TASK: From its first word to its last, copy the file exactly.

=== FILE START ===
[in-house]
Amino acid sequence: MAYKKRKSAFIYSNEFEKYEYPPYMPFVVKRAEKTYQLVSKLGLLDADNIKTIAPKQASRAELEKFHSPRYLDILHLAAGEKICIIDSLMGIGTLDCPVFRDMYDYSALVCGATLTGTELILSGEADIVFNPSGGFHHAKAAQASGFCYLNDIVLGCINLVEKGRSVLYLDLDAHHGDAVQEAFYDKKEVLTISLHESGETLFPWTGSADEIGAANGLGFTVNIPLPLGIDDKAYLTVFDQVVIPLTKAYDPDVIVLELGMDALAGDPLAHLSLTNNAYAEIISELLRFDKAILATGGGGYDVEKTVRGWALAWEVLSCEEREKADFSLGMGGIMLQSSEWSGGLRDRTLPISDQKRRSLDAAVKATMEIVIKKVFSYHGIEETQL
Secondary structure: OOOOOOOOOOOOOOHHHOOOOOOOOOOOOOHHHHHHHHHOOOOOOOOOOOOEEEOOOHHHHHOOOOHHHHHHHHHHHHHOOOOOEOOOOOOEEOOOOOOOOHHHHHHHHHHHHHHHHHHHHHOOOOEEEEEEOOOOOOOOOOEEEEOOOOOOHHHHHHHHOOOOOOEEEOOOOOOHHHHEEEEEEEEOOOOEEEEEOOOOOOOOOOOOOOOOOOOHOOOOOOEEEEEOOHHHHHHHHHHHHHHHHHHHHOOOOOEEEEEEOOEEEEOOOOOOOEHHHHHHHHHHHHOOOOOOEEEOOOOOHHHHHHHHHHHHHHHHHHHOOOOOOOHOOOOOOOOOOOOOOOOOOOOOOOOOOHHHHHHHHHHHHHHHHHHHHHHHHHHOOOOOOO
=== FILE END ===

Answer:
[in-house]
Amino acid sequence: MAYKKRKSAFIYSNEFEKYEYPPYMPFVVKRAEKTYQLVSKLGLLDADNIKTIAPKQASRAELEKFHSPRYLDILHLAAGEKICIIDSLMGIGTLDCPVFRDMYDYSALVCGATLTGTELILSGEADIVFNPSGGFHHAKAAQASGFCYLNDIVLGCINLVEKGRSVLYLDLDAHHGDAVQEAFYDKKEVLTISLHESGETLFPWTGSADEIGAANGLGFTVNIPLPLGIDDKAYLTVFDQVVIPLTKAYDPDVIVLELGMDALAGDPLAHLSLTNNAYAEIISELLRFDKAILATGGGGYDVEKTVRGWALAWEVLSCEEREKADFSLGMGGIMLQSSEWSGGLRDRTLPISDQKRRSLDAAVKATMEIVIKKVFSYHGIEETQL
Secondary structure: OOOOOOOOOOOOOOHHHOOOOOOOOOOOOOHHHHHHHHHOOOOOOOOOOOOEEEOOOHHHHHOOOOHHHHHHHHHHHHHOOOOOEOOOOOOEEOOOOOOOOHHHHHHHHHHHHHHHHHHHHHOOOOEEEEEEOOOOOOOOOOEEEEOOOOOOHHHHHHHHOOOOOOEEEOOOOOOHHHHEEEEEEEEOOOOEEEEEOOOOOOOOOOOOOOOOOOOHOOOOOOEEEEEOOHHHHHHHHHHHHHHHHHHHHOOOOOEEEEEEOOEEEEOOOOOOOEHHHHHHHHHHHHOOOOOOEEEOOOOOHHHHHHHHHHHHHHHHHHHOOOOOOOHOOOOOOOOOOOOOOOOOOOOOOOOOOHHHHHHHHHHHHHHHHHHHHHHHHHHOOOOOOO